American Traditional tattoos are one of the major cornerstones of the tattoo industry. Just about everyone has seen a Traditional tattoo, whether they were able to recognize it as such or not. Getting their start in the 19th Century, this type of tattooing is still one of the most popular styles across the industry today.
When most people think of American Traditional tattoos, they tend to think of Sailor Jerry, born Norman Collins. Sailor Jerry has been named a legend in his own right, as he is one of the pioneering artists in the style of American Traditional tattoo. Having learned his craft directly from the Japanese masters, who still used the ancient hand-poke method, Sailor Jerry brought his new skill set back to the shores of the United States and modernized it with the help of the latest revolution in tattooing: the electric tattoo machine (Thank you, O’Reilly).
Sailor Jerry’s combination of personal flair, bold colors, and traditional Japanese imagery led to impressive developments in the tattoo subculture. Between his perfection of the technical utilization of the new tattoo machine and his personal determination to develop new ink pigments, Sailor Jerry cultivated the now ever-popular American Traditional style of tattooing, embedding his mark on the history of the tattoo industry forever.
When it came to Sailor Jerry, he tended to have a very specific clientele. Being that he tattooed mostly in Hawaii and, on occasion, Chicago during the period of the Second World War and the Vietnam War, he generally placed his designs upon the skin of sailors, soldiers, and the like. For this reason, many of his famous tattoo images held certain meanings. While American Traditional tattooing is still wildly popular in the industry today, it seems to have lost some of the historic meanings behind these iconic illustrations.
Whether you have a Traditional tattoo, or you’re merely interested in the history behind them (as I am, none of my ink is Traditional in style), here are some of the original meanings behind these epic tattoo imageries.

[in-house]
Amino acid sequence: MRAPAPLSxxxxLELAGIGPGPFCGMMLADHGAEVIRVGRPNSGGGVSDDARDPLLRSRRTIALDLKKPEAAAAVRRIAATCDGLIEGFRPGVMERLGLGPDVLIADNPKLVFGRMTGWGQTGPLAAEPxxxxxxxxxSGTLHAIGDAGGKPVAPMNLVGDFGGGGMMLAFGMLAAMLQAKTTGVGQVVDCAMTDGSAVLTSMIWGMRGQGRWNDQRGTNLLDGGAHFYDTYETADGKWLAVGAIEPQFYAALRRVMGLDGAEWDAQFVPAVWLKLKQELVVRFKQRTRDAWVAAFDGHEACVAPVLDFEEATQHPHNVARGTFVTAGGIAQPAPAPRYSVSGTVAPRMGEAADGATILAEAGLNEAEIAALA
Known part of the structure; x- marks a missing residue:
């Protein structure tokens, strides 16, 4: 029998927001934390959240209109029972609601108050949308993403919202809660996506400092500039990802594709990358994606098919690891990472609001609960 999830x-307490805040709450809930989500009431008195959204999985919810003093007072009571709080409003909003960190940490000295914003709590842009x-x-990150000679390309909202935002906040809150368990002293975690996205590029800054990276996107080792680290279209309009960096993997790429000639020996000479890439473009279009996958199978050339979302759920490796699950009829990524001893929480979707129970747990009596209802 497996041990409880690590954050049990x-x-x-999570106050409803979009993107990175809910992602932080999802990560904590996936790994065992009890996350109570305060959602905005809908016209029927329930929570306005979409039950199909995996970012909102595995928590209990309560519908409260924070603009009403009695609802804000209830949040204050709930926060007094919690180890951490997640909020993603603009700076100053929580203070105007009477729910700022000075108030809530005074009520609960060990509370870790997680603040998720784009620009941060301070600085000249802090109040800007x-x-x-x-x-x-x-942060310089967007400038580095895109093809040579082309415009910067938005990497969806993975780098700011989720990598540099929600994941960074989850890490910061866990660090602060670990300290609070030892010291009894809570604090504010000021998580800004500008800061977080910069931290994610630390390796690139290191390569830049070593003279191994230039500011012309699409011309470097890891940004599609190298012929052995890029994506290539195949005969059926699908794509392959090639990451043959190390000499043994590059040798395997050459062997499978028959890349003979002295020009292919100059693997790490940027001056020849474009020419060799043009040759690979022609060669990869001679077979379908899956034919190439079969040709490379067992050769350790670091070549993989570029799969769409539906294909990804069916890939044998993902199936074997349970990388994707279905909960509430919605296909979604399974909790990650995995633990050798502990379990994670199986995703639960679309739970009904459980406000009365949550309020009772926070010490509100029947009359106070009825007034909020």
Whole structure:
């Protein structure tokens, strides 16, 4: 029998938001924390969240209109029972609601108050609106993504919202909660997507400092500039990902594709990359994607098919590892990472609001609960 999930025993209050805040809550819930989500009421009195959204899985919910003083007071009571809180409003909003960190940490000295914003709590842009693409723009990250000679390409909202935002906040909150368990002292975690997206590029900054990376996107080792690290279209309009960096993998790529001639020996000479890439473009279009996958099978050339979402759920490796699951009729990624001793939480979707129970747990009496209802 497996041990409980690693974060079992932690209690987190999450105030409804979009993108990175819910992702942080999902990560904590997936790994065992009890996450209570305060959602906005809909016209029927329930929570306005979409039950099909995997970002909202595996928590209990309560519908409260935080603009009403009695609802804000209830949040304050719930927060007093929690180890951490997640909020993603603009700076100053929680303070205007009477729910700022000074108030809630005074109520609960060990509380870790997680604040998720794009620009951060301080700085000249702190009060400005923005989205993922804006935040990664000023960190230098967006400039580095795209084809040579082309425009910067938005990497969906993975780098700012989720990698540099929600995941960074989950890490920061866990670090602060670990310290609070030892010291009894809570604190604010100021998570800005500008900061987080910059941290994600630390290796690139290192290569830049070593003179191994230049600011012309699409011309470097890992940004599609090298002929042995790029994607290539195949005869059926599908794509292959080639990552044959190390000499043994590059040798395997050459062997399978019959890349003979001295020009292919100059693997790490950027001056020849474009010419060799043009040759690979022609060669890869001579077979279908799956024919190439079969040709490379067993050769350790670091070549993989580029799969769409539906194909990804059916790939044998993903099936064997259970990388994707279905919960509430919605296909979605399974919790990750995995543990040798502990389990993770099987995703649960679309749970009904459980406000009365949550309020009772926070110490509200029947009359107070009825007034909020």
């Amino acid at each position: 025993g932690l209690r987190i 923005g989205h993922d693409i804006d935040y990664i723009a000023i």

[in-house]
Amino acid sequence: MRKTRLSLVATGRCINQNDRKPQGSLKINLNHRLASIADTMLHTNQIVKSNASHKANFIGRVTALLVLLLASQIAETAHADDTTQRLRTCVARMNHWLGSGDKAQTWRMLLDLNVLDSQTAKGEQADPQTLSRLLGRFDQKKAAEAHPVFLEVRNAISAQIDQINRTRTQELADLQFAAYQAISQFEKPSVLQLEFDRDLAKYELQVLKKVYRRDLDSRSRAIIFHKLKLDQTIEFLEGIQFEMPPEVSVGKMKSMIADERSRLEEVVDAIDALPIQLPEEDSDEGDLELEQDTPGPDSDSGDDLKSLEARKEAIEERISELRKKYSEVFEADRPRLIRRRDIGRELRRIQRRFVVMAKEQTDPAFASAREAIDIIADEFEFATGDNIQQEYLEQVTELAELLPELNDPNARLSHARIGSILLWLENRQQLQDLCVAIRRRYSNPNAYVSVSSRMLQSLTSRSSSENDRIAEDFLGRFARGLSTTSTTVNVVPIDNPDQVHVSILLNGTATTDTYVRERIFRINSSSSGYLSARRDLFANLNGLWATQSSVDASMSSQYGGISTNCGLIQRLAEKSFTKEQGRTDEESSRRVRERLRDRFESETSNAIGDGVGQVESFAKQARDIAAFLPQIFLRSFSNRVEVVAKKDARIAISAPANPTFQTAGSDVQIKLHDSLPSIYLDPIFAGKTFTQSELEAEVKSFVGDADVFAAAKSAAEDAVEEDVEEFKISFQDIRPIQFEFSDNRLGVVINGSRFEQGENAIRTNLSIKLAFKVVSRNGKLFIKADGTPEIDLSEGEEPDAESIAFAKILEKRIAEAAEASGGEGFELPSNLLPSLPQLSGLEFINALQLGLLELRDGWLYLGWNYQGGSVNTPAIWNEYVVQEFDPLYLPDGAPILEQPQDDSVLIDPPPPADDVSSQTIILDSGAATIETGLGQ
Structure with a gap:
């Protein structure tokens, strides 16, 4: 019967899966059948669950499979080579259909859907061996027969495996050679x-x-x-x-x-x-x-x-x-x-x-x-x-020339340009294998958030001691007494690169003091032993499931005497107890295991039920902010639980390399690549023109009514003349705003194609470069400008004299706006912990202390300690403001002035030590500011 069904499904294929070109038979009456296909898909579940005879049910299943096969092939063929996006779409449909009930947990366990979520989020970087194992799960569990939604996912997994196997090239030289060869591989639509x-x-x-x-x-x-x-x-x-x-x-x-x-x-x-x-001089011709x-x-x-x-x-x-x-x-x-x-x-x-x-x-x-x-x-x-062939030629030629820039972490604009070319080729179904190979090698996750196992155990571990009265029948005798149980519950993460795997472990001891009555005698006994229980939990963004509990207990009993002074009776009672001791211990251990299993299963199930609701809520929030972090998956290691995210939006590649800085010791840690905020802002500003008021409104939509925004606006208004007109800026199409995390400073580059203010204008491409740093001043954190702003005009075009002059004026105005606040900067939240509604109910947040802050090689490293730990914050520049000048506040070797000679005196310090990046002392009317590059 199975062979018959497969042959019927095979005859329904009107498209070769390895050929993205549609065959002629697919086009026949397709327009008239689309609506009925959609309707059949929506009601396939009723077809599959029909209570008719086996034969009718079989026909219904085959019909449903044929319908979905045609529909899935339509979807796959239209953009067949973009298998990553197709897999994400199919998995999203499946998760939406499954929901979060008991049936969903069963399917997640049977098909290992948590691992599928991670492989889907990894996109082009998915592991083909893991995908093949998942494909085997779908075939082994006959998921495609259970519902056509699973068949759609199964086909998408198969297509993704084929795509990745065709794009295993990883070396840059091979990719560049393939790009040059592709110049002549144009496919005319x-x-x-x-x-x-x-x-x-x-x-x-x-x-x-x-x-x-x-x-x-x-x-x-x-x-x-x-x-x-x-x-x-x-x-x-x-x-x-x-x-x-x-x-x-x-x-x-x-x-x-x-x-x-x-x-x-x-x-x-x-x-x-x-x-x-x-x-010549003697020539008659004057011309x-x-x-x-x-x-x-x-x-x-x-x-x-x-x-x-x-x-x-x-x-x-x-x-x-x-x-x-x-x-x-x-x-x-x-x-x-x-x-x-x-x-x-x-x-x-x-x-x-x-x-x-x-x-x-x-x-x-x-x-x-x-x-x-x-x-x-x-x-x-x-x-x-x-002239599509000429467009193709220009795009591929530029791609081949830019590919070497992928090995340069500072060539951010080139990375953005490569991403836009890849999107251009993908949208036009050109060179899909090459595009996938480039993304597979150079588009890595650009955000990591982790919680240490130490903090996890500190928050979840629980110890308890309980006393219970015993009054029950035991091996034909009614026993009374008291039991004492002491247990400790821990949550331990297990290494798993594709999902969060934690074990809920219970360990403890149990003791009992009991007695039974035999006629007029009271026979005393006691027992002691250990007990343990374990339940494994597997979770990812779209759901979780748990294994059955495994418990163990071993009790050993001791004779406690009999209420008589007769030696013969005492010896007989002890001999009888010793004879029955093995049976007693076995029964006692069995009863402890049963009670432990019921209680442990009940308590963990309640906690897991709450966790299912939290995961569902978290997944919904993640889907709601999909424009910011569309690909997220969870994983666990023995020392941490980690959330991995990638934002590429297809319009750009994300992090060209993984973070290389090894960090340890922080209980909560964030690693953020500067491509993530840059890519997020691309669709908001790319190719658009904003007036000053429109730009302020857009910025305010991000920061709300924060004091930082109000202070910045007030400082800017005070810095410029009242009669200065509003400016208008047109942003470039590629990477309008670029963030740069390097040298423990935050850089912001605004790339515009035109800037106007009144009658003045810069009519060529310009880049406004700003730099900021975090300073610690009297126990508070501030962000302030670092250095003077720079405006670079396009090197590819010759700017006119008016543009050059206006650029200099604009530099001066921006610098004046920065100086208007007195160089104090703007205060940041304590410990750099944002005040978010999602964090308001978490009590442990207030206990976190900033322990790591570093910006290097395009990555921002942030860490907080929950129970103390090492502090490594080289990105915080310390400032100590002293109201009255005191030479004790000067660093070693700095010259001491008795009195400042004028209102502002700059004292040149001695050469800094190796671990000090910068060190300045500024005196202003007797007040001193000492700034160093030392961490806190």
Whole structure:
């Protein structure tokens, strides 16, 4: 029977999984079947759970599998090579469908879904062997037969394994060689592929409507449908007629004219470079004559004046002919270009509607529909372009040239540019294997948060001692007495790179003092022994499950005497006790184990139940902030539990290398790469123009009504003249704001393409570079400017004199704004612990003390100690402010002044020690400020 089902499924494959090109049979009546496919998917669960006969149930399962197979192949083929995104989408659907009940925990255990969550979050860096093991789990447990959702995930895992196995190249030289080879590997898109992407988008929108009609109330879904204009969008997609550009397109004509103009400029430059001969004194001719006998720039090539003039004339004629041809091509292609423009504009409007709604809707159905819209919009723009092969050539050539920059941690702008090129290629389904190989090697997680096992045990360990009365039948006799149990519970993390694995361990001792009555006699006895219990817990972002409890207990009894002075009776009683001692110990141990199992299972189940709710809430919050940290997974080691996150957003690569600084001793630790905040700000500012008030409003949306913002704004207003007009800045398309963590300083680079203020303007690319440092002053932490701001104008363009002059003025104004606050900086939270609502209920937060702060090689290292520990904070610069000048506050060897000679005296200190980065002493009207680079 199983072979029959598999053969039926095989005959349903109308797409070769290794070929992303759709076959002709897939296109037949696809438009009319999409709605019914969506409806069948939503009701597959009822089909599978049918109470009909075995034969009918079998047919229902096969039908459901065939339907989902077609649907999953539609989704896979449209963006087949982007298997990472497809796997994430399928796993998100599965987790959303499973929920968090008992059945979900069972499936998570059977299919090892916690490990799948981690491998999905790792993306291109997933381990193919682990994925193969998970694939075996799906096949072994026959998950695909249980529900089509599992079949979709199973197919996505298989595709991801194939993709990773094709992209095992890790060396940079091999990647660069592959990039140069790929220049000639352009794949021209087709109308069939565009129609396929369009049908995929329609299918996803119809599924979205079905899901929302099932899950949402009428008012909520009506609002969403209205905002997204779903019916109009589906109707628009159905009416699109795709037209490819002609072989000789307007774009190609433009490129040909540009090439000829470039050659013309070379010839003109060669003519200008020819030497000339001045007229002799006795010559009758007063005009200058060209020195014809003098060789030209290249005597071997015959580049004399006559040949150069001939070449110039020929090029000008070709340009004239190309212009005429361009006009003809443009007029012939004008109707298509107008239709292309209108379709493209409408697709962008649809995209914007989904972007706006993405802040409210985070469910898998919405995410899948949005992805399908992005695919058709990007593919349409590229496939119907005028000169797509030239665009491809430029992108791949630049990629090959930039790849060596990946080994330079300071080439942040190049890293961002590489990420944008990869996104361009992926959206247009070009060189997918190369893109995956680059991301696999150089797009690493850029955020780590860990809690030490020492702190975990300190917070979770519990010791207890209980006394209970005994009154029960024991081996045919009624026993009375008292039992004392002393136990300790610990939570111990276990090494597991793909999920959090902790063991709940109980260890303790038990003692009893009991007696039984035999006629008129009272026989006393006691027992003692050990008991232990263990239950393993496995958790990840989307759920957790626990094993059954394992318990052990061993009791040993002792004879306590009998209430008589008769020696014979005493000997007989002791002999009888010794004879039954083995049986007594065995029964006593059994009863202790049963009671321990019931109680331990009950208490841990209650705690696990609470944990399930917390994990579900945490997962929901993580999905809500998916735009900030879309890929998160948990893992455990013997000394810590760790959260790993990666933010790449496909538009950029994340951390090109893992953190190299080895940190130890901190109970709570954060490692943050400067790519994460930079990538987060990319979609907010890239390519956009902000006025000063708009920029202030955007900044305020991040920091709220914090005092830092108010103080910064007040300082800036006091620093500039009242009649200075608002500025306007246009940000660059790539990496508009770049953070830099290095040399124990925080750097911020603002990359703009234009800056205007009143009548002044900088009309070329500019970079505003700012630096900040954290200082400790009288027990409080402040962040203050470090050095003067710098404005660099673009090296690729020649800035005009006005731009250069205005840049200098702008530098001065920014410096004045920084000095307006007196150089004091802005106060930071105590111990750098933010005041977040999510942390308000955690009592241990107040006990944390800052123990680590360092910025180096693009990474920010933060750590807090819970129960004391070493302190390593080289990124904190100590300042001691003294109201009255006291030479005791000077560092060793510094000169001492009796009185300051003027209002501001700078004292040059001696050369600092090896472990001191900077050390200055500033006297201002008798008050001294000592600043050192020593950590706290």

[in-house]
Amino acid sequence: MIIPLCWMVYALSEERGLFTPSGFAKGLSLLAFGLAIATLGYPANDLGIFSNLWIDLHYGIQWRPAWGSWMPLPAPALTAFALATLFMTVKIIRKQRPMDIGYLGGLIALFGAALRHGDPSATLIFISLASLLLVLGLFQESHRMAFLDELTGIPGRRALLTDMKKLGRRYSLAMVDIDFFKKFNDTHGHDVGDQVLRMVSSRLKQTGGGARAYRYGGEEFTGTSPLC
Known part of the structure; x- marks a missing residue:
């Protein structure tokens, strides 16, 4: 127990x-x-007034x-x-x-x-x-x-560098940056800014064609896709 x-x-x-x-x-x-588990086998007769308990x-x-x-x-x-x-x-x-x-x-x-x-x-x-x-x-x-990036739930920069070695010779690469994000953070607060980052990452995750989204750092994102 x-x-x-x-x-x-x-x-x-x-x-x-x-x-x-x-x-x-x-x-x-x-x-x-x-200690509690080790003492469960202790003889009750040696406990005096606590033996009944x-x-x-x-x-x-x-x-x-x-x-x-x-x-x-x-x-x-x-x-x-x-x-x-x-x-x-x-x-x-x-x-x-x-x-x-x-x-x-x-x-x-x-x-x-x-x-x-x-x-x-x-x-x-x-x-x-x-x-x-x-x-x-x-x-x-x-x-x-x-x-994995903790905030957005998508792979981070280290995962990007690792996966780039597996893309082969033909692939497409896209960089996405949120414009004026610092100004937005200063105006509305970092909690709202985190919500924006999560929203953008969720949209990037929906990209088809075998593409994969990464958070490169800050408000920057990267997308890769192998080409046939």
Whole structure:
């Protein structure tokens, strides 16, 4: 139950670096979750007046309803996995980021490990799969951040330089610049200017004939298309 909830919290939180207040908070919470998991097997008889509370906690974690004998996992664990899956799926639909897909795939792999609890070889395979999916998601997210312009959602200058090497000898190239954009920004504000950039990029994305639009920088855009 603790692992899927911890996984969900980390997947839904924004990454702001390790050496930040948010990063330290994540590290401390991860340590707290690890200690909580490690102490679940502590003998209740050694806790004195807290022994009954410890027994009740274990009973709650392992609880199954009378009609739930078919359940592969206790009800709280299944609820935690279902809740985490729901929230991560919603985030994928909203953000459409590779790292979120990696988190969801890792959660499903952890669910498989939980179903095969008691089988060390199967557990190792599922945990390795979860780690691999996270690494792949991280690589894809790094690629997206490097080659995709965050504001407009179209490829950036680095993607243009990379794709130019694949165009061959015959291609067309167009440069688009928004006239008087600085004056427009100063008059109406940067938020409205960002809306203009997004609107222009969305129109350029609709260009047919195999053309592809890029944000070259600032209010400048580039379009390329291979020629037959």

To a sailor, an anchor is their stability—the one secure object in their ever-changing lives on the sea. It was not uncommon to see sailors flock into the tattoo parlors while on shore leave, inking anchors upon their skin. Frequently, these anchors would display banners depicting the name of a loved one as a reminder of the one that kept them grounded in all of their turbulent waters.
The original meaning for a swallow being inked upon a sailor’s body was to celebrate that they had crossed over 5,000 miles of ocean. As these continued to appear on sailors across the world, they began to take on other meanings in their tattoo form. Swallows are famous for their incredible migration pattern, to which they always return home every year. They became a symbol of hope for a safe return to loved ones for many sailors during war times. Another belief that began to work its way into the tattoo culture was that swallows would carry a sailor’s soul to heaven if they died at sea. Needless to say, swallow tattoos became quite popular in a war-torn society.
During the rocky times of Sailor Jerry’s life, which saw both World War Two and the Vietnam War, many sailors and soldiers begged for shore leave or to be stationed on the stunning islands of Hawaii. For these constantly traveling warriors, the islands were a kind of paradise. Tattoos with Hawaiian themes—such as scenic images of islands and palm trees or beautiful Hula girls—became a physical representation of their island paradise.
While being enlisted changes a person’s life, being enlisted and deployed—especially during unsettling times of war—is an entirely different type of change. Being a member of the military, regardless of which branch, becomes a lifestyle instead of just another career path. Bonding between enlisted members becomes intense, as the ultimate safety of your life is in the hands of those around you. As tattooing became popular throughout these men (not being sexist: only men were allowed to enlist during these times), military themes became rampant. Whether they were showing camaraderie and bonding between platoons or they were showing dedication to a fallen brother, these themes symbolized the patriotic loyalty and devotion felt within these groups.
American Traditional snakes are generally shown coiled, not outstretched. This was because of their deeper meaning—that they were always ready to strike. Because of this concept, this “don’t mess with me” appearance, snakes became a popular choice for those headed off to war zones.
Facing long stints at sea, sailors would often opt to ink a heart upon their body as a way of keeping their loved ones with them despite the great distance. Often they would place the name of their latest beau or, in some cases, the word ‘MOM’ on a ribbon or banner encircling the bright red heart. Other times, the symbol of the heart was enough to keep their loved one in their thoughts.
A nautical star is a pictorial representation of the North Star, which has long been used by sailors as a navigational tool before modern equipment came to be. As the North Star was used for direction, a tattoo of this symbol would represent safe guidance home to sailors heading out on the water.